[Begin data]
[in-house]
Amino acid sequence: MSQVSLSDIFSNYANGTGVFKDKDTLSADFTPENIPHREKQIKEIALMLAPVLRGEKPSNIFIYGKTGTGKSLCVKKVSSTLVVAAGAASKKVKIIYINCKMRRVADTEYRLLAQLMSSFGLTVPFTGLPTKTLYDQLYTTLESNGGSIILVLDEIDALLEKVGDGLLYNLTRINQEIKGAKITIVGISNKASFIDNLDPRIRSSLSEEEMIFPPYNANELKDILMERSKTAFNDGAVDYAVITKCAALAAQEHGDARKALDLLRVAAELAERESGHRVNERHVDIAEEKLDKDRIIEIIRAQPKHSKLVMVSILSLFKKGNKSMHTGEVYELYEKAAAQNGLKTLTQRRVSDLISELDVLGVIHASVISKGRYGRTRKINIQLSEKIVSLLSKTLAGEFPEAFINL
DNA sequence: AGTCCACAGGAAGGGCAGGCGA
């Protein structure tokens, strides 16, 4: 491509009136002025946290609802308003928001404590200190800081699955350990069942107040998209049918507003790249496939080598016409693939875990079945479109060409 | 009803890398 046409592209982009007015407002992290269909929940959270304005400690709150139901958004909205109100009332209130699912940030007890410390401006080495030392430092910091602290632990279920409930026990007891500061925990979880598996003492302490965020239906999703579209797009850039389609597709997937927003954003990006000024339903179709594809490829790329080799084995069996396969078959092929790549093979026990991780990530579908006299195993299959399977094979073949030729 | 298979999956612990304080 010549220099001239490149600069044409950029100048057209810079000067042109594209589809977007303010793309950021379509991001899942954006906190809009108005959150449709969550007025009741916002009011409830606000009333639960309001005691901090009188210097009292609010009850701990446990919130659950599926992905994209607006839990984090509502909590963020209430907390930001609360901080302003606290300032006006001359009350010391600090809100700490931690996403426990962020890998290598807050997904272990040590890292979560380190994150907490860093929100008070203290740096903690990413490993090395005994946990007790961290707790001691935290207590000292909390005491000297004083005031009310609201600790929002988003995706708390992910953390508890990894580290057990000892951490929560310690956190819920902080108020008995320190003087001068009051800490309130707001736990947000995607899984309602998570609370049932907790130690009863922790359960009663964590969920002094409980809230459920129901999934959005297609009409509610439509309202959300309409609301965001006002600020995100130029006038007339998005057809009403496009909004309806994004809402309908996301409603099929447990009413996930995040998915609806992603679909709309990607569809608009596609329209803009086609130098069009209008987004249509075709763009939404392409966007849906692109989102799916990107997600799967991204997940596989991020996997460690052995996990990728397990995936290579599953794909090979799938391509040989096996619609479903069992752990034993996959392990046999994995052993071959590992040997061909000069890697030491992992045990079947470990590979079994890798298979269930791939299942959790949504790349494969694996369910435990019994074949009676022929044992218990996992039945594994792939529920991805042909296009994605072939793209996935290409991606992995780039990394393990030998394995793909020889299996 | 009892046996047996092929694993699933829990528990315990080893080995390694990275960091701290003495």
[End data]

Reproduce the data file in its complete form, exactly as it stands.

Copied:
[in-house]
Amino acid sequence: MSQVSLSDIFSNYANGTGVFKDKDTLSADFTPENIPHREKQIKEIALMLAPVLRGEKPSNIFIYGKTGTGKSLCVKKVSSTLVVAAGAASKKVKIIYINCKMRRVADTEYRLLAQLMSSFGLTVPFTGLPTKTLYDQLYTTLESNGGSIILVLDEIDALLEKVGDGLLYNLTRINQEIKGAKITIVGISNKASFIDNLDPRIRSSLSEEEMIFPPYNANELKDILMERSKTAFNDGAVDYAVITKCAALAAQEHGDARKALDLLRVAAELAERESGHRVNERHVDIAEEKLDKDRIIEIIRAQPKHSKLVMVSILSLFKKGNKSMHTGEVYELYEKAAAQNGLKTLTQRRVSDLISELDVLGVIHASVISKGRYGRTRKINIQLSEKIVSLLSKTLAGEFPEAFINL
DNA sequence: AGTCCACAGGAAGGGCAGGCGA
């Protein structure tokens, strides 16, 4: 491509009136002025946290609802308003928001404590200190800081699955350990069942107040998209049918507003790249496939080598016409693939875990079945479109060409 | 009803890398 046409592209982009007015407002992290269909929940959270304005400690709150139901958004909205109100009332209130699912940030007890410390401006080495030392430092910091602290632990279920409930026990007891500061925990979880598996003492302490965020239906999703579209797009850039389609597709997937927003954003990006000024339903179709594809490829790329080799084995069996396969078959092929790549093979026990991780990530579908006299195993299959399977094979073949030729 | 298979999956612990304080 010549220099001239490149600069044409950029100048057209810079000067042109594209589809977007303010793309950021379509991001899942954006906190809009108005959150449709969550007025009741916002009011409830606000009333639960309001005691901090009188210097009292609010009850701990446990919130659950599926992905994209607006839990984090509502909590963020209430907390930001609360901080302003606290300032006006001359009350010391600090809100700490931690996403426990962020890998290598807050997904272990040590890292979560380190994150907490860093929100008070203290740096903690990413490993090395005994946990007790961290707790001691935290207590000292909390005491000297004083005031009310609201600790929002988003995706708390992910953390508890990894580290057990000892951490929560310690956190819920902080108020008995320190003087001068009051800490309130707001736990947000995607899984309602998570609370049932907790130690009863922790359960009663964590969920002094409980809230459920129901999934959005297609009409509610439509309202959300309409609301965001006002600020995100130029006038007339998005057809009403496009909004309806994004809402309908996301409603099929447990009413996930995040998915609806992603679909709309990607569809608009596609329209803009086609130098069009209008987004249509075709763009939404392409966007849906692109989102799916990107997600799967991204997940596989991020996997460690052995996990990728397990995936290579599953794909090979799938391509040989096996619609479903069992752990034993996959392990046999994995052993071959590992040997061909000069890697030491992992045990079947470990590979079994890798298979269930791939299942959790949504790349494969694996369910435990019994074949009676022929044992218990996992039945594994792939529920991805042909296009994605072939793209996935290409991606992995780039990394393990030998394995793909020889299996 | 009892046996047996092929694993699933829990528990315990080893080995390694990275960091701290003495």